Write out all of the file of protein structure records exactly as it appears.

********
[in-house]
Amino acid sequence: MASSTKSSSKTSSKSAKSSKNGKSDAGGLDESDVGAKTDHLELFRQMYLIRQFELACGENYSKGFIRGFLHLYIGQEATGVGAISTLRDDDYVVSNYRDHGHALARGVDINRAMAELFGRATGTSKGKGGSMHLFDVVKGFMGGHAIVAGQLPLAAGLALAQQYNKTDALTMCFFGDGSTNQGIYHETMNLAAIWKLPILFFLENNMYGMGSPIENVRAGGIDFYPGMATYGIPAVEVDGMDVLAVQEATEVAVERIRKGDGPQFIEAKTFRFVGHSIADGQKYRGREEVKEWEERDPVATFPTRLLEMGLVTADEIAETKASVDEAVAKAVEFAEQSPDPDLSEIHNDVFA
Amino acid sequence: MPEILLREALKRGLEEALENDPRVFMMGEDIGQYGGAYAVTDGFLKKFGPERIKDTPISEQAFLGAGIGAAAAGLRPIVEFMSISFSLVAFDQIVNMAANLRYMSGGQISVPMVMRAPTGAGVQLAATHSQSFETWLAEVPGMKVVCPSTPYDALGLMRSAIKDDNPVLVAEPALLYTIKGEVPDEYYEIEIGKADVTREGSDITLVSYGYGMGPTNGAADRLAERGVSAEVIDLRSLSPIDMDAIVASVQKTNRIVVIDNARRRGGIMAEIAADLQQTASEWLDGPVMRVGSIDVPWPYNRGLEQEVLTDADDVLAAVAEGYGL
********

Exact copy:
[in-house]
Amino acid sequence: MASSTKSSSKTSSKSAKSSKNGKSDAGGLDESDVGAKTDHLELFRQMYLIRQFELACGENYSKGFIRGFLHLYIGQEATGVGAISTLRDDDYVVSNYRDHGHALARGVDINRAMAELFGRATGTSKGKGGSMHLFDVVKGFMGGHAIVAGQLPLAAGLALAQQYNKTDALTMCFFGDGSTNQGIYHETMNLAAIWKLPILFFLENNMYGMGSPIENVRAGGIDFYPGMATYGIPAVEVDGMDVLAVQEATEVAVERIRKGDGPQFIEAKTFRFVGHSIADGQKYRGREEVKEWEERDPVATFPTRLLEMGLVTADEIAETKASVDEAVAKAVEFAEQSPDPDLSEIHNDVFA
Amino acid sequence: MPEILLREALKRGLEEALENDPRVFMMGEDIGQYGGAYAVTDGFLKKFGPERIKDTPISEQAFLGAGIGAAAAGLRPIVEFMSISFSLVAFDQIVNMAANLRYMSGGQISVPMVMRAPTGAGVQLAATHSQSFETWLAEVPGMKVVCPSTPYDALGLMRSAIKDDNPVLVAEPALLYTIKGEVPDEYYEIEIGKADVTREGSDITLVSYGYGMGPTNGAADRLAERGVSAEVIDLRSLSPIDMDAIVASVQKTNRIVVIDNARRRGGIMAEIAADLQQTASEWLDGPVMRVGSIDVPWPYNRGLEQEVLTDADDVLAAVAEGYGL